Many observers think it is likely that the home-based email server Clinton used for official business got hacked. FBI Director James Comey said recently that although the FBI found no evidence of intrusion on the server, Clinton traveled in numerous places where governments would have the ability to break into her system without leaving a trace.
That means they could have snagged everything Clinton sent or received, including the 33,000 emails that Clinton’s legal team deleted on the grounds that they were personal. (The FBI was able to recreate thousands of them, including many that were work-related.)
But the possibility Russia ― the lead suspect in the hacking of the Democratic National Committee ― has all those emails in the original, non-redacted form raises a serious threat to Clinton’s campaign. Call it a Red October surprise.
Such a prospect presents the Clinton campaign with a remarkably thorny problem, according to security and damage control experts.
“A major bank faced a similar situation when WikiLeaks claimed to have one of its hard drives,” said Timothy Coombs, a crisis management and communications expert at Texas A&M, apparently referring to Bank of America. “They spent over a million dollars to handle the what-ifs from the data.”
Team Clinton has the cash to handle that, and they already have talented rapid-response press staff. But if Clinton and her lawyers told the complete truth and did delete Clinton’s emails without keeping any backups, they’re already facing a hurdle.
“The key is knowing what is in the deleted materials, how it could affect Clinton, and have messages ready to respond to them,” Coombs said.
If they know that, they can pre-empt a destructive release by enemies, or “steal the thunder” of such a release, and put their own spin on damaging data first.
But Clinton faces a number of problems there. She probably has only vague memories of what was in the material, the newest of which is 4 years old. And with so many emails, most of them personal, it’s hard to know what embarrassing revelations could emerge, even if they don’t touch on official business.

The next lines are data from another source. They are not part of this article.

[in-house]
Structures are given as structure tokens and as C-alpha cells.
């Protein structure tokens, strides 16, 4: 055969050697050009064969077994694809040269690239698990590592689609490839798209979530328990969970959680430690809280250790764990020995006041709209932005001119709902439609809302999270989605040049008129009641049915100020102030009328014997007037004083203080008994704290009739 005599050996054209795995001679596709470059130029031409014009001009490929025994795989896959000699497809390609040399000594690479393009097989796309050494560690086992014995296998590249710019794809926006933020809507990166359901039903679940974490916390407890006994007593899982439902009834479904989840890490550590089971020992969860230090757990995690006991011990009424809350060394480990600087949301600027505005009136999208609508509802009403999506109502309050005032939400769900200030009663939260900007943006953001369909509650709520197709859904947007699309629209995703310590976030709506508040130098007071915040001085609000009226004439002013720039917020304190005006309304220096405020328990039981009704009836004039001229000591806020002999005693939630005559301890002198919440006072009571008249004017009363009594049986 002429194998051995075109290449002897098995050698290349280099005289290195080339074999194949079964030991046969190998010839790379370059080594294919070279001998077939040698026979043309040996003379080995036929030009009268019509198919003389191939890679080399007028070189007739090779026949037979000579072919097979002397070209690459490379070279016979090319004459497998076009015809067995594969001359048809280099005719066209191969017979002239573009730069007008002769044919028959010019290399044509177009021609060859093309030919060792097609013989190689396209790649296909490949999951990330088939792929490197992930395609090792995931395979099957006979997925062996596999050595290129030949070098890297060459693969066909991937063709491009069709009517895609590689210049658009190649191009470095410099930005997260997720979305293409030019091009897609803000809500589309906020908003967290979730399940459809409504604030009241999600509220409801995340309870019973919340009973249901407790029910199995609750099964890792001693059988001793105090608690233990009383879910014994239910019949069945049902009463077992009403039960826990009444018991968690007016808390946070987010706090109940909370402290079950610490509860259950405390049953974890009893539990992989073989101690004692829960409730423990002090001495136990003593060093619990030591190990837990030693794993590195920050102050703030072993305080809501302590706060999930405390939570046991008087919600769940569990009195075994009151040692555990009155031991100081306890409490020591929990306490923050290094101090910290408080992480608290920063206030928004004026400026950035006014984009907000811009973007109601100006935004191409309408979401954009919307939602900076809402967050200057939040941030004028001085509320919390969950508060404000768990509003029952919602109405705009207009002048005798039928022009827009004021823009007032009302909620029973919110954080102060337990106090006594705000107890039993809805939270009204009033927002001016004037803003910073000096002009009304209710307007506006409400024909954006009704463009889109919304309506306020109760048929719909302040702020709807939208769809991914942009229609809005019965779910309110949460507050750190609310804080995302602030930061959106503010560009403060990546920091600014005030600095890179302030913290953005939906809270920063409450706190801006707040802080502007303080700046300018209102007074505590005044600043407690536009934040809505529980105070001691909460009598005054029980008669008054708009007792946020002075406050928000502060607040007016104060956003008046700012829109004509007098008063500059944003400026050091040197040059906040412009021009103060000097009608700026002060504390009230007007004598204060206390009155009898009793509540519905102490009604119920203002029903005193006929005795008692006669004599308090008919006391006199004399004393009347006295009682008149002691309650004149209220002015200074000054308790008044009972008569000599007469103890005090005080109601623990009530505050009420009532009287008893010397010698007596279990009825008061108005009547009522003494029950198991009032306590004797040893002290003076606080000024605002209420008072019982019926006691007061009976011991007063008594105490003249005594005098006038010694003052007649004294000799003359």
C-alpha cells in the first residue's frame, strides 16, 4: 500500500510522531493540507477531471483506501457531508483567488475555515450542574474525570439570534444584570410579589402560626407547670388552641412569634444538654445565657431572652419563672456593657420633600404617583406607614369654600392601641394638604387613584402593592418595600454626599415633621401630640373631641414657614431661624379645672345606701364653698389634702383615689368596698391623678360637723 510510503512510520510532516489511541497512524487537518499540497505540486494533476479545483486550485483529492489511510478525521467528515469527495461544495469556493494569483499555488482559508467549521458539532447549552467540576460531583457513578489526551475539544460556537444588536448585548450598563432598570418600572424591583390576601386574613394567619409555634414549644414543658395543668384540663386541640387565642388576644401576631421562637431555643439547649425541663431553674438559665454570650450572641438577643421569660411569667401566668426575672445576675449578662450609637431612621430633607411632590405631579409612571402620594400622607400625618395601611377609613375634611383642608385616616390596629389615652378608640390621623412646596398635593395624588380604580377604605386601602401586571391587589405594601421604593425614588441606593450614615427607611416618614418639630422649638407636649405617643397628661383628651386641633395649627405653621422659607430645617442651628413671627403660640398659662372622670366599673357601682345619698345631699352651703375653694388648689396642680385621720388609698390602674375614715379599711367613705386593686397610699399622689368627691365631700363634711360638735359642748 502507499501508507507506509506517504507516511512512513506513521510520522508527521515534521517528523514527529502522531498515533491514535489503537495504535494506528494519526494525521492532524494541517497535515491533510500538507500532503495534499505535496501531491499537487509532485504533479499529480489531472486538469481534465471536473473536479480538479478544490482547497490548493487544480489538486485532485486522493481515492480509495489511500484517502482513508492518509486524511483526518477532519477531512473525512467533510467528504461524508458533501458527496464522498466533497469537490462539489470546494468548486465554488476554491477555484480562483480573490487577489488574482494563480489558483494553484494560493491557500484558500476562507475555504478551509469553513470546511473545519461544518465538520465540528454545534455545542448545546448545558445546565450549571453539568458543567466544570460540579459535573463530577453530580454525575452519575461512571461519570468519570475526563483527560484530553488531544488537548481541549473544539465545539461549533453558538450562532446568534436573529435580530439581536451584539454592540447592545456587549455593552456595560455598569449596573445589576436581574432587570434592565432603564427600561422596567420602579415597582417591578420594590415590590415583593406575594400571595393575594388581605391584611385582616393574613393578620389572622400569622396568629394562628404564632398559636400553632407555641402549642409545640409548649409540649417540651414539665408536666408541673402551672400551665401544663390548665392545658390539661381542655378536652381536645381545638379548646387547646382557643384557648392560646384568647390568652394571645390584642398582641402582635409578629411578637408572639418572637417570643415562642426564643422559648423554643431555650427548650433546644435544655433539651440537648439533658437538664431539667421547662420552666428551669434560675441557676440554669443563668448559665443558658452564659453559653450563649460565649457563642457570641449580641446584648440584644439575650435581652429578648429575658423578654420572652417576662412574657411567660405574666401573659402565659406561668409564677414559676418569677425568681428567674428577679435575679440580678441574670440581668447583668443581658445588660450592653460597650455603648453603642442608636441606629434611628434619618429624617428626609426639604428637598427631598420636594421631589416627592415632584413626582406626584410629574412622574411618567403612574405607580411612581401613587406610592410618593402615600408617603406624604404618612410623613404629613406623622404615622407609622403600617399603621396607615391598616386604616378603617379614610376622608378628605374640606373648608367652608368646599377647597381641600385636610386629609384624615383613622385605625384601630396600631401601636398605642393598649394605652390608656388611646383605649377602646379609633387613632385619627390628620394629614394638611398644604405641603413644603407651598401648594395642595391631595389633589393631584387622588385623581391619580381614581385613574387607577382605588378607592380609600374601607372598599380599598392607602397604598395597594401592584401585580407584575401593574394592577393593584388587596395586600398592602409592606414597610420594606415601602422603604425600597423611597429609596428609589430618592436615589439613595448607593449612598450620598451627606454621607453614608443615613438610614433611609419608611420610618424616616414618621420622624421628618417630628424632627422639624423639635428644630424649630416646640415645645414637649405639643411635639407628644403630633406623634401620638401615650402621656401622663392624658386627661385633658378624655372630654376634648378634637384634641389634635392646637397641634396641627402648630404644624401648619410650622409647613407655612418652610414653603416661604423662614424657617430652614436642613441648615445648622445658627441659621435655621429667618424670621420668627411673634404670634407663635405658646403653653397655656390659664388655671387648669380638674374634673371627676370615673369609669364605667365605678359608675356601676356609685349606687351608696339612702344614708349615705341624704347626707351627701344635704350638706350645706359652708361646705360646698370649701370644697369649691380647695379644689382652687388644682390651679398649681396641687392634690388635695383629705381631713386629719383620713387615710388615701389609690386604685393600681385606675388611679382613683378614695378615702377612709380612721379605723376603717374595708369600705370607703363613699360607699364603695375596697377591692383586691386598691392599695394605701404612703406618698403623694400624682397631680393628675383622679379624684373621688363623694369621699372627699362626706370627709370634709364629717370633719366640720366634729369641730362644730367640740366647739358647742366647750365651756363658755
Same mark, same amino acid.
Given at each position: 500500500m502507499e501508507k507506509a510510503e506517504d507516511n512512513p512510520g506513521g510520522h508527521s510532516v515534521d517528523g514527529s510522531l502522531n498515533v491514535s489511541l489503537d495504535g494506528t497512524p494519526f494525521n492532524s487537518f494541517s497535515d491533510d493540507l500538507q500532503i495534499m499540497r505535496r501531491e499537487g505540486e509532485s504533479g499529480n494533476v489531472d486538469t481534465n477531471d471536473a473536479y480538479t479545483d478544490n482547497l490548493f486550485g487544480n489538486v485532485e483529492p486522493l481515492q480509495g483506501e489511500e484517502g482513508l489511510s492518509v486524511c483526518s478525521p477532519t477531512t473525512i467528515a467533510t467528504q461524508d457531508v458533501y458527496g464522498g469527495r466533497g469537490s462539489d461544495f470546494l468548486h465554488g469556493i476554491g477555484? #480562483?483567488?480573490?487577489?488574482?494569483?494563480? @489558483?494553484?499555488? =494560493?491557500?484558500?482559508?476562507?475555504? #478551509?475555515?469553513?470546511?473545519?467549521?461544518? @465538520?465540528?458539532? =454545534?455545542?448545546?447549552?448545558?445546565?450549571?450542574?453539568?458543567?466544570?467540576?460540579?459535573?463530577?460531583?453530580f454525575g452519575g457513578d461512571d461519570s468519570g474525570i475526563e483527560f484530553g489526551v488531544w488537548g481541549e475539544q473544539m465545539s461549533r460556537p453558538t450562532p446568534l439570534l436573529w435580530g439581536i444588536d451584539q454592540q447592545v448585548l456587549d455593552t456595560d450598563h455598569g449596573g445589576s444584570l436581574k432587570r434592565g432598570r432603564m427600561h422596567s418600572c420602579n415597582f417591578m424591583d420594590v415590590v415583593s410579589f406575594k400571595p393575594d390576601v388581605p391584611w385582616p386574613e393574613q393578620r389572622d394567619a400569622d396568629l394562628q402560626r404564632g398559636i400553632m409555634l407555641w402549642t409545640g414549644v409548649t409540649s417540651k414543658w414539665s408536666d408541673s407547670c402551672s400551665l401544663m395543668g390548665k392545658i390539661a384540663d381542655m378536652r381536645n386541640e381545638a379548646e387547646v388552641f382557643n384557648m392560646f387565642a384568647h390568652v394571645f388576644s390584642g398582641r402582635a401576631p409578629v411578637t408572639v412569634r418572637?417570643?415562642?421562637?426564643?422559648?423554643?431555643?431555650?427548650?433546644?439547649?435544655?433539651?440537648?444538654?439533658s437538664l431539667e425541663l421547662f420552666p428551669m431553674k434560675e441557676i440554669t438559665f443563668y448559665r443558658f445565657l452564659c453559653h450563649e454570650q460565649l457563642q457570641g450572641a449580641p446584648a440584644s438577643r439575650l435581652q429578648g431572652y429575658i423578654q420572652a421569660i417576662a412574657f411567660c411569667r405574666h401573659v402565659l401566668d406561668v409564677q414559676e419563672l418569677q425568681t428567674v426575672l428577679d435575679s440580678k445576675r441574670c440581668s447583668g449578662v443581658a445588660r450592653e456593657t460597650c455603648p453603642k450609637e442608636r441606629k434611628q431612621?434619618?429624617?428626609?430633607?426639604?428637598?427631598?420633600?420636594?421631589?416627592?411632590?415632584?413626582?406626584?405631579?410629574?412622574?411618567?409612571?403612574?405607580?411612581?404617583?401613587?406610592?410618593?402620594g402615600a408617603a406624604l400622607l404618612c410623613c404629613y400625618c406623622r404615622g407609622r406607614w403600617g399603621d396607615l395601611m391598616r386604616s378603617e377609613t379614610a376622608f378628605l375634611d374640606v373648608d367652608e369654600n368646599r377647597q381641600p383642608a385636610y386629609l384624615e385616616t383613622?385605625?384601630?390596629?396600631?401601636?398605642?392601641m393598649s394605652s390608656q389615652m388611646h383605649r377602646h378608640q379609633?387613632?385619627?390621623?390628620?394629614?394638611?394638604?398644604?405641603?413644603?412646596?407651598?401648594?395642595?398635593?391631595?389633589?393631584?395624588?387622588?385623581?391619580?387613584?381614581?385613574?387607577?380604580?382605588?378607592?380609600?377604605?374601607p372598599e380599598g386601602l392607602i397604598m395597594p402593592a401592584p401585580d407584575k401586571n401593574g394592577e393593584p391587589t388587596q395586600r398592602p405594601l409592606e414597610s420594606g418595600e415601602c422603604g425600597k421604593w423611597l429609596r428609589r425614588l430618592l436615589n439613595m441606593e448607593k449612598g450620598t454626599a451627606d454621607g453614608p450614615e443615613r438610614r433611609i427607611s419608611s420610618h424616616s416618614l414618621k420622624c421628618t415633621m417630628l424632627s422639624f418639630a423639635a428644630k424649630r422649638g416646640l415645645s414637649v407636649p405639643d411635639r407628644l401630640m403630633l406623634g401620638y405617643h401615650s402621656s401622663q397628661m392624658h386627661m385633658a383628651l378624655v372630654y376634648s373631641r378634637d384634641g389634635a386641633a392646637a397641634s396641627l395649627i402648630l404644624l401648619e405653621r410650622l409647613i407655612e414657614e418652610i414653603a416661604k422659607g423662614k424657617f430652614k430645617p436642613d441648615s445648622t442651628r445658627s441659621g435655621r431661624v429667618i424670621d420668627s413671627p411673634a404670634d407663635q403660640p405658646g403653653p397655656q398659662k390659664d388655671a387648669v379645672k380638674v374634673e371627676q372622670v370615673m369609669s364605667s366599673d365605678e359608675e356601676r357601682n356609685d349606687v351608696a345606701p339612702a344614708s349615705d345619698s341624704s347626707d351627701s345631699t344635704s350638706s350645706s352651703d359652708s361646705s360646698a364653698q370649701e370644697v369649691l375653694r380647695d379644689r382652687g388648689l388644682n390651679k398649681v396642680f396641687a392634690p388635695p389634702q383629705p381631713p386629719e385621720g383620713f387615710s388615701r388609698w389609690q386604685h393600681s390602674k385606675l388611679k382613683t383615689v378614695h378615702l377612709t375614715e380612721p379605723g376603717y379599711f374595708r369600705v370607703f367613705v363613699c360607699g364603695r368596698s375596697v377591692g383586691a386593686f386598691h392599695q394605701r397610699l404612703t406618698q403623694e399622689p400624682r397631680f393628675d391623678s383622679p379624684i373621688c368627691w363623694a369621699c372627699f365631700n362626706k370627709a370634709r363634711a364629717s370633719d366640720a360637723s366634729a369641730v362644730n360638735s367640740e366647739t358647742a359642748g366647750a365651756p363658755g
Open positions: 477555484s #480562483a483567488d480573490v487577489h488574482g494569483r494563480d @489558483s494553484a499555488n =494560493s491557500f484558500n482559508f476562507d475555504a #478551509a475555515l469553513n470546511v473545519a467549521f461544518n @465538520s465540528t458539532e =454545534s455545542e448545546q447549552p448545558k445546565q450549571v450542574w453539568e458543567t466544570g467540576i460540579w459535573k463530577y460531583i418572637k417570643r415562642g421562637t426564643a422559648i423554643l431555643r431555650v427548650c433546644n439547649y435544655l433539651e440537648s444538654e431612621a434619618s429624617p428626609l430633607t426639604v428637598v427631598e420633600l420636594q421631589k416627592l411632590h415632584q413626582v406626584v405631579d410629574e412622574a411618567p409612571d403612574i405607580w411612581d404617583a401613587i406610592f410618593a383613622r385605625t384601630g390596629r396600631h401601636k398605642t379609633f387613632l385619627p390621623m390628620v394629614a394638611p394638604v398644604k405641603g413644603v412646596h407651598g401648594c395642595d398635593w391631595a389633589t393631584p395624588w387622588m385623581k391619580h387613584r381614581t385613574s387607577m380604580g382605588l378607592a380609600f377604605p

Another complication is that even if she or her staff knows of something damaging, they don’t know for sure that it will get released. But they still have to be prepared.
“It’s possible that just like in the case of the Snowden revelations, this particular threat actor intends to release significant tranches of information at key and strategic points in the next few months to continue to stay on the radar and to continue to really sow disarray in the U.S. domestic election,” said Patrik Maldre of Estonia-based cybersecurity consulting firm Retel Partners.
Maldre, speaking Thursday in a conference call with the neoconservative think tank Foreign Policy Initiative, emphasized that there is no proof Russians hacked Clinton’s server, although he said it would fit a growing trend.
Roland Rust, a professor at the University of Maryland who works in crisis communications, told HuffPost that Team Clinton can’t ignore the possibility of another leak.
“They’ve got to figure it’s going to come from Russia in October,” he said. “They need to have a response prepared.”
Also, there’s a chance that whatever Clinton might prepare for, she would not be able to release information on her own if it touches on any of the hundreds of items that have been classified retroactively.
That leaves Clinton in the position of preparing multiple potential defenses, while not really knowing what to expect, and having no control of what comes out or what Trump does with it.
The DNC emails were released through WikiLeaks, available for anyone who wants to peruse them, and Trump highlighted them to try to drive a wedge between Clinton and supporters of Sen. Bernie Sanders (I-Vt.).
There is a pre-emptive damage control technique available to the Clinton campaign. “If you don’t have a defense, then the one thing you have is offense,” said Rust.
“The Clinton team needs to start now laying a foundation for why such public disclosure of emails is harmful to the U.S., play the patriot card,” Coombs said. “That way part of the response, if there is a release, would be to attack the release and to taint the release. This would have the potential to create a boomerang effect if the Trump people were to use it.”
It shouldn’t be too difficult for them to do that. Numerous Republicans hammered Trump for his suggestion that Russia could turn over the email trove and meddle in the election. Even Trump himself tried to walk his remarks back a bit Thursday by saying he was being sarcastic, although earlier in the week he’d told a crowd in Virginia, “I guarantee we’ll find the 33,000 emails.”
Maldre and other security experts associated with FPI characterized the DNC hack ― as well as a potential release of Clinton’s emails ― as attacks on American democracy.
“This is an effort to, at a minimum, disrupt the U.S. political system, the presidential campaign; possibly the goal is to embarrass one candidate or support another,” said David Kramer, a former assistant secretary of state in the George W. Bush administration. “This is an attack on the American political system. It’s not an attack on the DNC.”
They appealed for candidates and reporters to use any information from such sources with care.
“I really think it’s important that both parties try to see this as a bigger picture, not of using these documents or the beliefs for political advantage against each other, but really coming together to understand the larger national security risk that this kind of actor poses,” Maldre said.
Clinton probably can’t count on that kind of restraint from Trump, who has praised Russian President Vladimir Putin repeatedly.
Editor's note: Donald Trump